Rather, on 29th March, the home ministry made a perfunctory declaration that it was now compulsory for salaries and wages to be paid even during the lockdown. The result? Surveys in Tamil Nadu found 63 percent labourers without wages since before the lockdown. A rapid survey in Gurugram stated that 25 percent of workers in May and 75 percent in April did not get paid. In Gujarat, the diamond industry, which employs nearly 1.5 million workers and all of them migrants, has not been paying them despite government orders.
With no focused or effective action from the central government, workers found their life situation worsening as the abrupt India Lockdown 1.0 was followed by ceaseless extensions leaving millions without income, soon followed by no food, shelter and no foreseeable future without savings or access to credit.
On May 1, after a whole month and a half, the government declared the start of Shramik Special trains to send back labourers to their destinations. And though the nation took a breath of relief, a policy hiccup was plain again. To send migrant labourers back to the very places they had had to move away from in search of livelihood could not possibly be a sustainable solution. The country’s rural job landscape could not accommodate millions of migrant workers returning home. To make it worse, workers who had been living without the privileges of social distancing or sanitation staples and then travelled in groups over long distances were driven to rural areas which have even more inferior healthcare systems. This had the utmost possibility of endangering those back in villages and make tracking even harder as they spread far and wide. The states who had domiciles returning, first declared that all returnees would be sent into institutional quarantine to check contagion which later had to be changed to 14 days of home quarantine due to lack of capacity. But observation of home quarantine is not of much assurance when there is little awareness and a greater need to earn and feed families.
A total of 200 Shramik Special trains, ferrying labourers from arrived in the state of Jharkhand till the 22nd of May. With them, those trudging long roads to come back home are trickling in too. Approximately 3 lakh returnees and amongst them only 19,686 tested to date, a mere 6.6 percent with 147 already detected positive. Malda district in West Bengal, formerly a green zone has had a rising number of CoViD-19 positive cases since the arrival of migrants while all those infected in South Dinajpur are those that returned. In Uttar Pradesh, where over 20 lakh workers have come back so far, 20 percent of 245 samples tested positive belonged to migrants in Barabanki while in Basti all 50 new cases were of migrant workers. Bihar, where around 7 lakh migrants have come back in May, 560 were tested positive, and the state has shown the biggest rise since the influx. And the trend goes on and is predicted to spread exponentially as labourers still on their way back, finally return.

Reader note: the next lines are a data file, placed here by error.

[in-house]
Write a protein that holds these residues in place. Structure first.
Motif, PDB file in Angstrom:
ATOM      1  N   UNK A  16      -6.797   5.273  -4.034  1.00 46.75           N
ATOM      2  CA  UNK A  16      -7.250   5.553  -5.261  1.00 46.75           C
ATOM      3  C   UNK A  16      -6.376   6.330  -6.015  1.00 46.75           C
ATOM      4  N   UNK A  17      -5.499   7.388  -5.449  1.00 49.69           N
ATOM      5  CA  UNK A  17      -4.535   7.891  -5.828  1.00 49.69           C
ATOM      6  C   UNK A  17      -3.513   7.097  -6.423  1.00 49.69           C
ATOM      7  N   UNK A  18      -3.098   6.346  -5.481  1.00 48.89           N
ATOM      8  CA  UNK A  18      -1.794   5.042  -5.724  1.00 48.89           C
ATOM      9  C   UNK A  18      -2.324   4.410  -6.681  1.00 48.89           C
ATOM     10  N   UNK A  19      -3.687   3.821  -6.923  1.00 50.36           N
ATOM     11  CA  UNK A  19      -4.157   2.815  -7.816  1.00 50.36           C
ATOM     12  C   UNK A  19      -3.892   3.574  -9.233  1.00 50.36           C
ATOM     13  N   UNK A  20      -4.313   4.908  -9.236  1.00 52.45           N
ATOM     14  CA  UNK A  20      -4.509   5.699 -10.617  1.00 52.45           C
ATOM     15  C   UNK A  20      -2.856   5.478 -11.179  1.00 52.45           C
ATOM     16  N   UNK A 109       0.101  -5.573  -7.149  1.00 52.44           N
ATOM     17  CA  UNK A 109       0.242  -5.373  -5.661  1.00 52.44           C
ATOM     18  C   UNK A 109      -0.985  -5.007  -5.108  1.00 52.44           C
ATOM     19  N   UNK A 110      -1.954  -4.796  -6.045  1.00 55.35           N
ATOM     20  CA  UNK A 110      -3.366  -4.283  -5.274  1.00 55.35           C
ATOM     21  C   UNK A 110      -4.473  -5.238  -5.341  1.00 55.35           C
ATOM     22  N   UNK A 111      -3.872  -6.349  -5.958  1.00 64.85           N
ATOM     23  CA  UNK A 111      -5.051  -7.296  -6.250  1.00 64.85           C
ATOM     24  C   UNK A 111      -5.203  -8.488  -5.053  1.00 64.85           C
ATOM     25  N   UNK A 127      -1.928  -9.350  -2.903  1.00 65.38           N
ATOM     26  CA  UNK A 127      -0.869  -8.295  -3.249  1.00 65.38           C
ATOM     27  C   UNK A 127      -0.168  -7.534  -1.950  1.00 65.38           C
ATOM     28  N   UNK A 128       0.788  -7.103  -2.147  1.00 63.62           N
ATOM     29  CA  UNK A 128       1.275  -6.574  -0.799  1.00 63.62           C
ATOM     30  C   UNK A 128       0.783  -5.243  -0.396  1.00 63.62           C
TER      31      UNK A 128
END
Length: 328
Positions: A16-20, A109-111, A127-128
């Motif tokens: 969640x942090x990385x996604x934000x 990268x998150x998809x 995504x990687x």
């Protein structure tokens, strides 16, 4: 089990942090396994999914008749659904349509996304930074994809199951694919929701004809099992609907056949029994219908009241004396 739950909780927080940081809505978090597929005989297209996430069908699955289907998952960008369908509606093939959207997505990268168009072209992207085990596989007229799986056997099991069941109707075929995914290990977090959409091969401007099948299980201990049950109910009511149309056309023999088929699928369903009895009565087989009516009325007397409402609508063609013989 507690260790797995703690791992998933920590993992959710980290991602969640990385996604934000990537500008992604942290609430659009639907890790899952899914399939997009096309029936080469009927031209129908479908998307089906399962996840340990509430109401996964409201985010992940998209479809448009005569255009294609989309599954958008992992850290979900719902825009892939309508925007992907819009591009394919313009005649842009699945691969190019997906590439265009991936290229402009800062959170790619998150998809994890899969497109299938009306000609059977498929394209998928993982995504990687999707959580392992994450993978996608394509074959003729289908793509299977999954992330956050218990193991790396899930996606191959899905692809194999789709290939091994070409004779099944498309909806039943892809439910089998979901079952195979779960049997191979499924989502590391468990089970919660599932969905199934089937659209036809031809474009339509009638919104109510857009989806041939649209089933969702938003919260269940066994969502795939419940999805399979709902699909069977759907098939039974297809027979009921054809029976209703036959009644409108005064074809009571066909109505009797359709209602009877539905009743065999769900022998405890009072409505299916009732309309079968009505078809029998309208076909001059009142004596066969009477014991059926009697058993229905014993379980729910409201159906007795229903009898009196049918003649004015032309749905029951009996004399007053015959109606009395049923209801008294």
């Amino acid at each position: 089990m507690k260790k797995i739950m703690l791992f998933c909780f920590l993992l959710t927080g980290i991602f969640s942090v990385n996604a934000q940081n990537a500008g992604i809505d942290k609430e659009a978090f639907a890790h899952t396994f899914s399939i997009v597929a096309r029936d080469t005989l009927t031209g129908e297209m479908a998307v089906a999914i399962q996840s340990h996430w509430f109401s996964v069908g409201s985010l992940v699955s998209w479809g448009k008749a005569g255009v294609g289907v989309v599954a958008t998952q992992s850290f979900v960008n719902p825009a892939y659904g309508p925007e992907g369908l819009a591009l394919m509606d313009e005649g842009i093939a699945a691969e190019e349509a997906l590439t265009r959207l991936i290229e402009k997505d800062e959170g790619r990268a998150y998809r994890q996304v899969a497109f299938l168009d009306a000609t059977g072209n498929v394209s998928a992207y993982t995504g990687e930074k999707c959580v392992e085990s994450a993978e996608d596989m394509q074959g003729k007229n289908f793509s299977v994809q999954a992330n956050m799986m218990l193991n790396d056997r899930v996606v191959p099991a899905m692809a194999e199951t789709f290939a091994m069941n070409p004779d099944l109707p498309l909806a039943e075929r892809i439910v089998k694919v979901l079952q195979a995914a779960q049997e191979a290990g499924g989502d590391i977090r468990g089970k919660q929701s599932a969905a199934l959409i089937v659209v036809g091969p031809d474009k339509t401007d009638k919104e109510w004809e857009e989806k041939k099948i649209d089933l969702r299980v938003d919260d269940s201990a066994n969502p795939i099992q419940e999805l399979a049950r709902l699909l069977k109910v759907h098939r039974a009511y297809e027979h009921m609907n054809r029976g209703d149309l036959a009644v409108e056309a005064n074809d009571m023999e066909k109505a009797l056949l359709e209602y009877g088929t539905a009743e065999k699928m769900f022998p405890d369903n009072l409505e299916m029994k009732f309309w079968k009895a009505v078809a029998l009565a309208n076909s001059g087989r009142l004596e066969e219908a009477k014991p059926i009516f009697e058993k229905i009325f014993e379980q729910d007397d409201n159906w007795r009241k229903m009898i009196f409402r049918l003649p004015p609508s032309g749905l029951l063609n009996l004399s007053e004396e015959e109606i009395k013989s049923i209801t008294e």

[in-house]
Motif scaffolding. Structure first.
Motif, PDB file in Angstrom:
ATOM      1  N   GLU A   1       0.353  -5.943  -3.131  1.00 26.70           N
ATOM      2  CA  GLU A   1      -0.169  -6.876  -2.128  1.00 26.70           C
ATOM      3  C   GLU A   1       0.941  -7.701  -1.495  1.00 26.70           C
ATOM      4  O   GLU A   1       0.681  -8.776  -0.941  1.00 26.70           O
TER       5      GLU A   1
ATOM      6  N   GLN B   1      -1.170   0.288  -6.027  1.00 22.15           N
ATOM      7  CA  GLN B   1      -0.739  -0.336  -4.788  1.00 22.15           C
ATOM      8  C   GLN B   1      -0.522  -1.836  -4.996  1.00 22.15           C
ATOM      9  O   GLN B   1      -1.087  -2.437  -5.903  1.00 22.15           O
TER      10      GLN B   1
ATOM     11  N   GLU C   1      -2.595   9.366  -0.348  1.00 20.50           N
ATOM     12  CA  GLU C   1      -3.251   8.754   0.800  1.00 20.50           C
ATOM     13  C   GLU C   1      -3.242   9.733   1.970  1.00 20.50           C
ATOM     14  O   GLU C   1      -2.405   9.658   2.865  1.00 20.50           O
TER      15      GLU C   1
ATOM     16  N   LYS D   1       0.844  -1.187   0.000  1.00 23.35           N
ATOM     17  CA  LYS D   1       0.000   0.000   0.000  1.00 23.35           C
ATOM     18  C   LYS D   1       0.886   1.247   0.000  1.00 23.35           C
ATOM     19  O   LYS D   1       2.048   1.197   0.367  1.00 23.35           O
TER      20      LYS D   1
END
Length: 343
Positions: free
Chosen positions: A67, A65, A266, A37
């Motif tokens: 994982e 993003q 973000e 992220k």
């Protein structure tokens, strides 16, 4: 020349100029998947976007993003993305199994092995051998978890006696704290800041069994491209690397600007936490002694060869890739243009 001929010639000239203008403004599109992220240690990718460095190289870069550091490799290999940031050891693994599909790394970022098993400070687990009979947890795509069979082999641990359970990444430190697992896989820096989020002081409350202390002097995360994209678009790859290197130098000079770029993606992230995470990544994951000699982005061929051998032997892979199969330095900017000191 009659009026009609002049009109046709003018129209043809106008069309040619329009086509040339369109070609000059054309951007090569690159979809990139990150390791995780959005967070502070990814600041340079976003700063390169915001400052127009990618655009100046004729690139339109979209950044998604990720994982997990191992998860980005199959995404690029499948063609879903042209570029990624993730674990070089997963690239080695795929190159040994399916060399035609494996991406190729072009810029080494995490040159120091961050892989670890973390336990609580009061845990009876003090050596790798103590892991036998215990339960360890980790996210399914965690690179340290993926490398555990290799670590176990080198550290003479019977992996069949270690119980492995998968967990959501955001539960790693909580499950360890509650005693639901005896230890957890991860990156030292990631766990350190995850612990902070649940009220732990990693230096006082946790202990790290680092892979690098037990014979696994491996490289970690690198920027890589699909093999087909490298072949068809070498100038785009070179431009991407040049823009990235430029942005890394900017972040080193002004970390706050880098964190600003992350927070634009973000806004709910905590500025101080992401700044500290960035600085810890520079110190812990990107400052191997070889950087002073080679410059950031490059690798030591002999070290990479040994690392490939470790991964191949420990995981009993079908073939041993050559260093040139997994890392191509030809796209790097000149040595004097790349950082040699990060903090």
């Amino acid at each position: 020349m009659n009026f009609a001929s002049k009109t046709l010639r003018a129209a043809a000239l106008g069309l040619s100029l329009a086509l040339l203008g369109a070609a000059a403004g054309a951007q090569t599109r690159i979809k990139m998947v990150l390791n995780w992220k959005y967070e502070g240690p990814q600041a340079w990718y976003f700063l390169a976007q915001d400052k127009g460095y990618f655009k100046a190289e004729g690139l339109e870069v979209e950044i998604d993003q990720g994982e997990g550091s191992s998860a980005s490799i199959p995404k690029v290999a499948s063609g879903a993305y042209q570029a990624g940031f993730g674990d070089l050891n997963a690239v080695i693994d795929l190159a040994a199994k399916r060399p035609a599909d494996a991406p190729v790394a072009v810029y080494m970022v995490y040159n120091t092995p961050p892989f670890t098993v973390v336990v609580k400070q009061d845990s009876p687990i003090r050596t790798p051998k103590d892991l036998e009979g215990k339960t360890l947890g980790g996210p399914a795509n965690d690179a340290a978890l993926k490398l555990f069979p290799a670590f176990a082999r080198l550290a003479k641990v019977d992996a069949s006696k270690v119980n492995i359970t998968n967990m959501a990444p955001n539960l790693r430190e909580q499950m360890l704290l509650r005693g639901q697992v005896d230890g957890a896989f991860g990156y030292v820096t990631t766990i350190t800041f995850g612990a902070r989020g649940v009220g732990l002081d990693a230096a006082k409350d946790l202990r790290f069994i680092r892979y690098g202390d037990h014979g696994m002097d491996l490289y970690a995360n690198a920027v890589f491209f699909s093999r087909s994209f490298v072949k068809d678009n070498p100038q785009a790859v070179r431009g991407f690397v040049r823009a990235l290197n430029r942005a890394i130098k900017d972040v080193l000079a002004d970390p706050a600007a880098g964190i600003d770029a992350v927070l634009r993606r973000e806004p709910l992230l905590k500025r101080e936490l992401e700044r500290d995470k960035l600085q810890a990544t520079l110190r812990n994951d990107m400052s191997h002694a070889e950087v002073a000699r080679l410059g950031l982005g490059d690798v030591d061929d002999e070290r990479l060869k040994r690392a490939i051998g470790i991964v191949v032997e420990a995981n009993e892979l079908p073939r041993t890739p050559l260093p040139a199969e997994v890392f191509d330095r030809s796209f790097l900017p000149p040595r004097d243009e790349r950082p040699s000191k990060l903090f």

With heavy losses weighing industrial houses down, authorities have permitted re-opening of factories now, with safety regulations in place, in orange and green zones along with rural factories. But even when demand can be hoped to slowly return, workers are no more available, resulting in contraction of industrial production and therefore future supply. Since most companies that use informal labour are operated through a chain of contractors and sub-contractors down the line, information asymmetry between principal employers and workers is escalating the bottleneck. But the absolute dependence on migrant workers is now making industries and state governments trying to bring back or retain workers. The diamond polishing and cutting industries in Gujarat are planning to send batches of rough diamonds to local factories near migrant villages once global markets open and exports revive.
Otherwise, the option remains to train locals in jobs that take years to get skilled in. Timely decisions not taken and the epic lack of foresight has now left workers traumatised and impecunious and employers in quandary. But it has also put a toll on an economy already on its knees with the IMF predicting India’s GDP falling to 1.9 percent this year. In addition to costs already to be borne by sectors for fall in demand and production during the lockdown, they will now have to bear the cost of acquiring and then training new labourers in their work. However, a greater cost to the economy is that of human capital as semi-skilled or skilled labourers, now back in villages, try to earn at lesser jobs or go back to farming and disguised unemployment ensues.
This crisis has bared the picture of workers in the lowest rungs of our economy, who hold up crucial sectors and are all but missing when it comes to focused policies and dedicated social infrastructure. The central and state governments sure have announced migrant labourer registration measures and migration commissions to regulate hiring, recently.
But can India get back up on its feet fast enough, without its crutches so mindlessly thrown?
Rhitabrita Mukherjee works with Centre for research on Economics of Climate, Food, Energy and Environment (CECFEE), Economics and Planning Unit, Indian Statistical Institute. She has worked with Centre for WTO Studies, Indian Institute of Foreign Trade also.